The faculty's vote of no confidence in Marshall University President Stephen Kopp needs to be viewed against the background of the budgetary problems that loom ahead.
Marshall University faces the same problems as colleges across the country: reductions in government funding and students who are graduating with high student loan debt and slim job prospects.
The Institute for College Access & Success has an annual report on student debt. Its most recent report covered the Class of 2011, which graduated two years ago.
- 64 percent of the Class of 2011 in West Virginia graduated with a student loan debt.
- The debt averaged $26,200.
- Nationally, the unemployment rate for graduating seniors was 8.8 percent.
Obviously, colleges cannot continue with large tuition increases each year.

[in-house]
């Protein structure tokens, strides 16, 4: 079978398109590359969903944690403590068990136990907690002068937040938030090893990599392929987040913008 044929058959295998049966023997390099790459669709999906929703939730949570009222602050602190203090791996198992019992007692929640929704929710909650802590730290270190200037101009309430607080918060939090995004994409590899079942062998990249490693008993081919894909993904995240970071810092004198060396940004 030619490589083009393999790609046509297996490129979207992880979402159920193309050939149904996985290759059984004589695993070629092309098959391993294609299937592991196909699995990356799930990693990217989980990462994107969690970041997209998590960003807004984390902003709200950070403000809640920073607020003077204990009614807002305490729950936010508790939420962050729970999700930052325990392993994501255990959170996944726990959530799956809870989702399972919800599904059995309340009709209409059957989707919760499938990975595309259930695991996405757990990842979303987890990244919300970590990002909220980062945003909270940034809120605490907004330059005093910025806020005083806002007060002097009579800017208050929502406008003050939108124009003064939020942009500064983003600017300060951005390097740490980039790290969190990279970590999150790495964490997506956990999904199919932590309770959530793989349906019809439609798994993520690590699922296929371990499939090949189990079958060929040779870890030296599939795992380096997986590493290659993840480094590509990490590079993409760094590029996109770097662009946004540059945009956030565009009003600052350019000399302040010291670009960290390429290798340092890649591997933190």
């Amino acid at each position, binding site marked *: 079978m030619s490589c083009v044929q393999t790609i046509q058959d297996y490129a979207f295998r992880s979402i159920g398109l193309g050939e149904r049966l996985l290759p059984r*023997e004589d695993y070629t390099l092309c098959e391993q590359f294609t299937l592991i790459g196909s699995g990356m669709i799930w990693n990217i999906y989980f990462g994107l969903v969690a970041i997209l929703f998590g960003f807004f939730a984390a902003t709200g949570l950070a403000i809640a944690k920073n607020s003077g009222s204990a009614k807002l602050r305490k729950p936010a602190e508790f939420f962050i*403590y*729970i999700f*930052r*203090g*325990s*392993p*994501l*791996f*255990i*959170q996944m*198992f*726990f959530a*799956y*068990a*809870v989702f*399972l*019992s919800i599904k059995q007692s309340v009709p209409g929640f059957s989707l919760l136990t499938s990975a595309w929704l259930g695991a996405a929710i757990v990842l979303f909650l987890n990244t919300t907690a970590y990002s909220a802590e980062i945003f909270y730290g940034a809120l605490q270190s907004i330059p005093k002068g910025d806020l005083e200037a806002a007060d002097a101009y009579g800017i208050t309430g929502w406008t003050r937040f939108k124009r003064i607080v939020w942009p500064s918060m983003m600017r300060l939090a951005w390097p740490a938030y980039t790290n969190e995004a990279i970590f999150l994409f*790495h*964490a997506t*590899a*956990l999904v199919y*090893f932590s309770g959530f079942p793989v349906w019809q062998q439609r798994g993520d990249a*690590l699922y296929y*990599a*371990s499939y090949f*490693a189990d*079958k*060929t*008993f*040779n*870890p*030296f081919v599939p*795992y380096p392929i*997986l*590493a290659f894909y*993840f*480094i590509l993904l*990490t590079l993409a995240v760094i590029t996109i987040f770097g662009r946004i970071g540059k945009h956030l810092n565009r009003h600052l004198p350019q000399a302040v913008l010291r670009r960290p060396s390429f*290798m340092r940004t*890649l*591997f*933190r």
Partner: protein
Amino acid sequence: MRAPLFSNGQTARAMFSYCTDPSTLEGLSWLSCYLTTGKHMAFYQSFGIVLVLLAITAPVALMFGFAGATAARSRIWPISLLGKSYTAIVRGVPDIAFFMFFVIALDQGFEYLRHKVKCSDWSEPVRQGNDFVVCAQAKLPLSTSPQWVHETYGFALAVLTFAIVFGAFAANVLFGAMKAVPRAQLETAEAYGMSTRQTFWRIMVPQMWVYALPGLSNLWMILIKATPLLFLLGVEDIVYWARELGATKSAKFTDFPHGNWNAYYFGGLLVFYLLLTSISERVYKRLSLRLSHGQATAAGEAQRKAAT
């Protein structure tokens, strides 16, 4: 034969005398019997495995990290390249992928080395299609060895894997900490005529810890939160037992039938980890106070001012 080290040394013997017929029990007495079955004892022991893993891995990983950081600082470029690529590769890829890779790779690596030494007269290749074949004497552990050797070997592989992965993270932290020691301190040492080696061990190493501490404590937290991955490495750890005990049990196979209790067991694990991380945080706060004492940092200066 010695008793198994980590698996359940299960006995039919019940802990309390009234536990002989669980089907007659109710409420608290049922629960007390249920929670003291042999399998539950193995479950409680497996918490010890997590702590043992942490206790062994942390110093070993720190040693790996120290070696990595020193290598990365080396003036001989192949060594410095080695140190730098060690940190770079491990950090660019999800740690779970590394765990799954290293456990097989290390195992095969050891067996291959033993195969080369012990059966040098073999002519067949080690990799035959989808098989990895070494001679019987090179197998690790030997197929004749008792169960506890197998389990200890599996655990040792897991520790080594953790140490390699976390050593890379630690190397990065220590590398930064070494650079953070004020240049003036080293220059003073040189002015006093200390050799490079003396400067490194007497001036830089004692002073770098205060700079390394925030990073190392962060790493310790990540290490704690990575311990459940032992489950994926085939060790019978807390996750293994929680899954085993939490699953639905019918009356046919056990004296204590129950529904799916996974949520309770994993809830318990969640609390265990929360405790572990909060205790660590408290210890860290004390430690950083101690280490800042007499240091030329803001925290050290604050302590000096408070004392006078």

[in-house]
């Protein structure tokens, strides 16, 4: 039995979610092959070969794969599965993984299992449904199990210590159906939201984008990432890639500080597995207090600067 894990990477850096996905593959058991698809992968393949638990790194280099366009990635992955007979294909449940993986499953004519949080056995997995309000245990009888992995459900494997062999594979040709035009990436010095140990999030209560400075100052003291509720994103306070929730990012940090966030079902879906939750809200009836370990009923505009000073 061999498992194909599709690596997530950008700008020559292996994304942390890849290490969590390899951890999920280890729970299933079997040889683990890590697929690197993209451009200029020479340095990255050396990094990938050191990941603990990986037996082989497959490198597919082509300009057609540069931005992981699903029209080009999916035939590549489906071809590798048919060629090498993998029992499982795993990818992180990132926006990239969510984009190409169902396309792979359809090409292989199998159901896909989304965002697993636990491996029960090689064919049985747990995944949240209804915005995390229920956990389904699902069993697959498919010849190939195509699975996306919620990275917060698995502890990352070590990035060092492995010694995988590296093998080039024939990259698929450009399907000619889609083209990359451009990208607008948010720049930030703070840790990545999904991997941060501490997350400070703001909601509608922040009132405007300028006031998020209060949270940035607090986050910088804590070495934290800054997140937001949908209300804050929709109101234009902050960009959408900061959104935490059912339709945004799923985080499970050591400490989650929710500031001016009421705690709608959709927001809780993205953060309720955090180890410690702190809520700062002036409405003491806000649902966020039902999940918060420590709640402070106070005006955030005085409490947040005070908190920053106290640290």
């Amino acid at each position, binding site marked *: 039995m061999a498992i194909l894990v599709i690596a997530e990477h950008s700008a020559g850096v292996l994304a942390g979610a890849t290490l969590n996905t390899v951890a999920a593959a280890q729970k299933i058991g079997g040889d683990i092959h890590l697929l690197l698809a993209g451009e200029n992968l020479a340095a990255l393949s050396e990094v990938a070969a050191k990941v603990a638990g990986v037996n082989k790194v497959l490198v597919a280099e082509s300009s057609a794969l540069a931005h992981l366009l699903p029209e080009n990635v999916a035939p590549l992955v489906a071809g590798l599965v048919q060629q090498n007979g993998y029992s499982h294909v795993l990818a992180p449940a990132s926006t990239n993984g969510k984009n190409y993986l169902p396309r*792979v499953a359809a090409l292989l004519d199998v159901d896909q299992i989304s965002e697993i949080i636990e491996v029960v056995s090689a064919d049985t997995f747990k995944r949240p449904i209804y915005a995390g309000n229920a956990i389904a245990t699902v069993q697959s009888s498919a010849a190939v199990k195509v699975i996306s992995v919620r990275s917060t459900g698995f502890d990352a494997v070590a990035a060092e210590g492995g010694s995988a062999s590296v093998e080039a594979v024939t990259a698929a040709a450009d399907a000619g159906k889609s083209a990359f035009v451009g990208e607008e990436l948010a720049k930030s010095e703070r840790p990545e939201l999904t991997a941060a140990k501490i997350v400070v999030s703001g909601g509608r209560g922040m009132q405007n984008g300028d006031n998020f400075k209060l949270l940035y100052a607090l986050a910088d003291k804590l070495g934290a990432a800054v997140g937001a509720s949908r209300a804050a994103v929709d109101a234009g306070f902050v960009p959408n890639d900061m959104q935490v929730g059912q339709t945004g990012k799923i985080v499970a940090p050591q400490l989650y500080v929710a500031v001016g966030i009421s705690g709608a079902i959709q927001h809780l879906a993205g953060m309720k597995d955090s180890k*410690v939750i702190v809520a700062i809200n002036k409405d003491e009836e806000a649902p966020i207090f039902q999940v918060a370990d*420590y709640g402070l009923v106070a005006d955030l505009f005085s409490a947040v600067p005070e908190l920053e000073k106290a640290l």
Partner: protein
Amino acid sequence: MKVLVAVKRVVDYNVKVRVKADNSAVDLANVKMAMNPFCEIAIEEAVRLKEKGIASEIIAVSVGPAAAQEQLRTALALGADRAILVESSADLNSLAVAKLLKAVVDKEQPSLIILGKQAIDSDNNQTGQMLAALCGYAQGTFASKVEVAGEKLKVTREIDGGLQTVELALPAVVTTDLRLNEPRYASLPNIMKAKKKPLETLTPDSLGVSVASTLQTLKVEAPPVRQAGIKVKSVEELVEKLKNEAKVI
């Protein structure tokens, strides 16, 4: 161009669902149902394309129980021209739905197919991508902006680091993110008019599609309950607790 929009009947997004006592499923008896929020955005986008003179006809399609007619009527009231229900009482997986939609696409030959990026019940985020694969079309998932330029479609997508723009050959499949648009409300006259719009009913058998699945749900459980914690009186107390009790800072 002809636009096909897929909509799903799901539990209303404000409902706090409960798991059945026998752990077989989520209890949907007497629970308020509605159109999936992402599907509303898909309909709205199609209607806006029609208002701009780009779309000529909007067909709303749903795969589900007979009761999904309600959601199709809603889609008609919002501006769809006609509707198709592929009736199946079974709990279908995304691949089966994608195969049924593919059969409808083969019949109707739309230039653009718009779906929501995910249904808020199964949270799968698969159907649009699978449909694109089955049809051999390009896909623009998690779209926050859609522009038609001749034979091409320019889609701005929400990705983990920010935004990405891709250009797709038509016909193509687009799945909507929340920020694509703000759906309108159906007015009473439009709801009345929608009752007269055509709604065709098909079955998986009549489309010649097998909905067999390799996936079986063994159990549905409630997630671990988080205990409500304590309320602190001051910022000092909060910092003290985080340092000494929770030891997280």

In addition, state financial support of state universities is on the decline nationally as states grapple with increases in demand for other services.
West Virginia cut its support of Marshall by $5 million next year, a sum that represents 9 percent of Marshall's operating budget.
Kopp is faced with the necessity of balancing the budget. As his chief of staff told the Daily Mail's Shay Maunz, "We have to find ways to make ends meet."
Unfortunately, Kopp was clumsy in moving nearly $10 million from departmental accounts into a central holding account controlled by his office.